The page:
Forty Shades of Blue

"Excellent"

Forty Shades of Blue Review


"I think you hate women," a trusted colleague recently told me. She went on to say something along the lines of, "OK, maybe you don't hate women, but you certainly don't trust them." Weeks later, still considering those heavy words so lightly thrown, I thought of Ira Sachs's remarkable and challenging new film Forty Shades of Blue. The central character is the woman hanging onto the arm of her rich, older boyfriend. It's a woman's role usually subordinated while the hell-raising man gets all the laughs, glory, and screen time.

As played by Dina Korzun, I didn't understand this woman character at all. She's closed off, remote, seems not to use the mind that is her own, and puts up with all sorts of horseshit from her boorish man, Memphis music producer Alan James (Rip Torn, who tears up the screen with his raging bull persona). She looks like a fashion model, a slender little slip of a thing dressed in wonderful clothes. We learn that she is originally from Russia, and has a three-year-old child. She appears somewhat bored with her wealthy lifestyle and mansion, and -- here's the thing... she's either completely inaccessible or she doesn't use the brains in her head.

The movie follows this woman, Laura, during a particularly intense introspective period. A universe of power, music, and the prevailing, loving, freewheeling spirit of Memphis bluegrass surround her. Ira Sachs, whose previous masterpiece The Delta showed lonely, isolated members of the lower class and the dispossessed reaching out to one another, now shows a more middle-to-upper class variation of the same thing: the loneliness of being inside one's own skin, the inability to communicate a depth of feeling you know but can't fully articulate. That the woman is beautiful and model-perfect doesn't take away from the fact that she's alone.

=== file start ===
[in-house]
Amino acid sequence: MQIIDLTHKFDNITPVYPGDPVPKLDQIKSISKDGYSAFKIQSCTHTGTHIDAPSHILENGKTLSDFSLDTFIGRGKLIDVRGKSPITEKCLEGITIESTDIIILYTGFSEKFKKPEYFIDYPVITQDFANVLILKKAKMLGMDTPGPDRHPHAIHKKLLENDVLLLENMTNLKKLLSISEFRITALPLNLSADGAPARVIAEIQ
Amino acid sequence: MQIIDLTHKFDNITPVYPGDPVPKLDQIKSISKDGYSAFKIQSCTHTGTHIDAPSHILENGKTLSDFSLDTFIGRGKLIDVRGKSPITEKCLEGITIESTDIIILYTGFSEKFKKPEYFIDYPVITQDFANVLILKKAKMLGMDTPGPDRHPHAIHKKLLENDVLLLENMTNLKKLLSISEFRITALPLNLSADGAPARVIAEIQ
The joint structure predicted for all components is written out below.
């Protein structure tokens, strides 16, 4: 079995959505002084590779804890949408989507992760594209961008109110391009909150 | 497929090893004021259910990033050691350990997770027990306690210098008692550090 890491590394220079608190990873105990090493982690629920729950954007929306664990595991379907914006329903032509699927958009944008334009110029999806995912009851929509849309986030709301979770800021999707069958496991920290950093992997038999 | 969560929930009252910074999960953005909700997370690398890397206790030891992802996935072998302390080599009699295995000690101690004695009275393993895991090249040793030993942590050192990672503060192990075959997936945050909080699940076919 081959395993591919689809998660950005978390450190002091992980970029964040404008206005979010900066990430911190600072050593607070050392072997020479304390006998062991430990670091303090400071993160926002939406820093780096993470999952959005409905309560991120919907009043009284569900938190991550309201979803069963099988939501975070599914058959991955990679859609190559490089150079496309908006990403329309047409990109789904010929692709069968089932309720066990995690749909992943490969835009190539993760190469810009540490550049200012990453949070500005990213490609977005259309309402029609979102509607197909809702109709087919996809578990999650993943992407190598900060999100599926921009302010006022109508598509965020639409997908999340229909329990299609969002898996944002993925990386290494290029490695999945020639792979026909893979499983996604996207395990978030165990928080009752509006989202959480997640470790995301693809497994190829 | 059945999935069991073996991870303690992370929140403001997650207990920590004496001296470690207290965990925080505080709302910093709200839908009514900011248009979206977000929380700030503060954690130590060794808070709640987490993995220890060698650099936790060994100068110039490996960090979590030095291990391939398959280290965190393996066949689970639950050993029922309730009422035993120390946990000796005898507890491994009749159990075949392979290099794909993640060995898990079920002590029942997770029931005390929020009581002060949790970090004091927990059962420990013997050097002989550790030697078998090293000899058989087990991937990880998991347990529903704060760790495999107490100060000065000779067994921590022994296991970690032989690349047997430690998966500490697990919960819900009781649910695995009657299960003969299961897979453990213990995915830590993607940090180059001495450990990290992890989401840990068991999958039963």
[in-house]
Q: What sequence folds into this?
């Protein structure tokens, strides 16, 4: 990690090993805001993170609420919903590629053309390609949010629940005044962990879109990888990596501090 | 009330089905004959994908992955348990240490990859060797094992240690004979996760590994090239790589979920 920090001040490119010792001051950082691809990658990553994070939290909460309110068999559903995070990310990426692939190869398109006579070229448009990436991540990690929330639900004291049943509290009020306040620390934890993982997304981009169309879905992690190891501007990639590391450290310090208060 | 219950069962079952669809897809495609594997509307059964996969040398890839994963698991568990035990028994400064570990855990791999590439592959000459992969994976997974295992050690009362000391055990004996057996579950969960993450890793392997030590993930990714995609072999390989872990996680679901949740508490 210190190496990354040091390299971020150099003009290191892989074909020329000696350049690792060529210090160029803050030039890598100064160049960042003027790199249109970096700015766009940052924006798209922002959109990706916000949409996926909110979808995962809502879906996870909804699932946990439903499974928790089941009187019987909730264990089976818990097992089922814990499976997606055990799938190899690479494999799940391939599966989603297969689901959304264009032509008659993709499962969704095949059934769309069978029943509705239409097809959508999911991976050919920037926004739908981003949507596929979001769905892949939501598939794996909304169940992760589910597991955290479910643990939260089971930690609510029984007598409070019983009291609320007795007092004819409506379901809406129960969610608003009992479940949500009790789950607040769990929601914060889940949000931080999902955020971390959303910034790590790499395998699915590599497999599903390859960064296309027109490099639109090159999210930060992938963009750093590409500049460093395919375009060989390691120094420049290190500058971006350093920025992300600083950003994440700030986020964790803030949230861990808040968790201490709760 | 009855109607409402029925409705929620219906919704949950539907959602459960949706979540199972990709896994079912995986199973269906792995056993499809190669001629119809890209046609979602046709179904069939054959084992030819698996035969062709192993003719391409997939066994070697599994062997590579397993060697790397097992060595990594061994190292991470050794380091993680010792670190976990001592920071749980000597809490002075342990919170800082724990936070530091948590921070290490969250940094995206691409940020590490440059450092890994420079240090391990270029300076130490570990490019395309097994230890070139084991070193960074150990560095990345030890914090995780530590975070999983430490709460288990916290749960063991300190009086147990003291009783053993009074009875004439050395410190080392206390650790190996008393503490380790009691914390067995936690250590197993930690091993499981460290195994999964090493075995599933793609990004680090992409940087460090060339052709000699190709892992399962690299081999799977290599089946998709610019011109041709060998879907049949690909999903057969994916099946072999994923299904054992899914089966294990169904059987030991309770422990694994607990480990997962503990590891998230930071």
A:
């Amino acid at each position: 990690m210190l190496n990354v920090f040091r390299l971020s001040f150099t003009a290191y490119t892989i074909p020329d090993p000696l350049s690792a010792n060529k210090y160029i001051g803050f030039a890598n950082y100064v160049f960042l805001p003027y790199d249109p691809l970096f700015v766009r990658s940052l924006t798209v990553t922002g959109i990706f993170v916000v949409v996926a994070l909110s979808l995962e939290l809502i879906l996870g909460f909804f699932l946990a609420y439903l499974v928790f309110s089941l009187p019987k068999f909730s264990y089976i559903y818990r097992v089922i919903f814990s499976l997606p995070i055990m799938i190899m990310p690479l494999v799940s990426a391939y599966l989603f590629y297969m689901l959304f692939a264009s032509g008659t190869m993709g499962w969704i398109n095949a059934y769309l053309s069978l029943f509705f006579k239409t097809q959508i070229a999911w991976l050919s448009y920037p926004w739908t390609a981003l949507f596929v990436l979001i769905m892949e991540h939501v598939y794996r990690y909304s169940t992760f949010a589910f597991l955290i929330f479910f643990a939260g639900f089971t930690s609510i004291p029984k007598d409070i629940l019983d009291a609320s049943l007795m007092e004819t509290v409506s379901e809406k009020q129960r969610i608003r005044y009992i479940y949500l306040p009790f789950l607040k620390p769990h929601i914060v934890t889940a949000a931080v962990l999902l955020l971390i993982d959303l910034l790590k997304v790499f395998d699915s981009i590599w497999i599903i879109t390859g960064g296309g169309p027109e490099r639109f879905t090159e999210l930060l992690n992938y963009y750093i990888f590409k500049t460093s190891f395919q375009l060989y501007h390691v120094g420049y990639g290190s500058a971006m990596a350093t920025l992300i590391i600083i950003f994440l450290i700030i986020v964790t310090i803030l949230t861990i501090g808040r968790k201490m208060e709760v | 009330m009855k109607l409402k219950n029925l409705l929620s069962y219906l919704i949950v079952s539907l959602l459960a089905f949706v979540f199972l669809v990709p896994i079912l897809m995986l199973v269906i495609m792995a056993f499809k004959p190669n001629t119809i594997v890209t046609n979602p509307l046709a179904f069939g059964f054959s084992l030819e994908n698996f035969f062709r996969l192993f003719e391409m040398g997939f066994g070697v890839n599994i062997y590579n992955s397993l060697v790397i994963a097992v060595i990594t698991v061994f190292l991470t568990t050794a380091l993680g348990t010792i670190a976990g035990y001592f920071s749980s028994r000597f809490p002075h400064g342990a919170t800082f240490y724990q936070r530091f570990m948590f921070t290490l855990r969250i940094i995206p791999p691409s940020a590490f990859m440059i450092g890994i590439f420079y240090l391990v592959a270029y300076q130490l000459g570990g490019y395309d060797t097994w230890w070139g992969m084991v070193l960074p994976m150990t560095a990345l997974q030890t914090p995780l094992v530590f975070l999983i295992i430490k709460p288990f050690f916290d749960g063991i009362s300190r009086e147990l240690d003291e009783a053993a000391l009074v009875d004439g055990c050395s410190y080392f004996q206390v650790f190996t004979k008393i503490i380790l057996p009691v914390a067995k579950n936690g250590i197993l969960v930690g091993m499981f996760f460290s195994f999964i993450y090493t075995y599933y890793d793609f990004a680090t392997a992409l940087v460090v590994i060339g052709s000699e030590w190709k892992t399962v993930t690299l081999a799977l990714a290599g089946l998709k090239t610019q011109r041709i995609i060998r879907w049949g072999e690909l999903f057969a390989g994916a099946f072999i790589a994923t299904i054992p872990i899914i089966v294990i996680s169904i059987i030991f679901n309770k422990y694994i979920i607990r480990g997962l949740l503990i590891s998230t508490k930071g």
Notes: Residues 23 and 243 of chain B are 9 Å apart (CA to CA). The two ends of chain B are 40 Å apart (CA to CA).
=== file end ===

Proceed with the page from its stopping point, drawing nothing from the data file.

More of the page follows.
For my money, Sachs is one of the most promising and gifted filmmakers working today. His stories aren't depressing: The irony is they're filled with such a rich sense of joy, exuberance, and vitality even as the characters are stuck in their own prisons, as if life is full of bounty and living is full of fear. He allows his characters to exist in a fully believable "real world," where the camerawork isn't slick but rather vital. The camera follows the actors not as they're acting, but as they're living. The grainy pulse of the film stock takes on a beauty in its rawness. His movies feel close to home in a way that movies almost never do.

On my first viewing of Forty Shades, I complained that the film was not about Alan James, who I found far more complex and compelling than his remote girlfriend. Yet as the weeks drew on, I found myself thinking more of Laura -- and wondering if Alan was easier to pin down than she was. I thought the actress playing the role was a vacant model type from whom Sachs had drawn a performance through typecasting, only much later realizing how brilliantly thought through the performance by Dina Korzun was. (Regular art house moviegoers may remember from Last Resort.) She's a real actress who so fully embodies this type of character that the acting is completely invisible.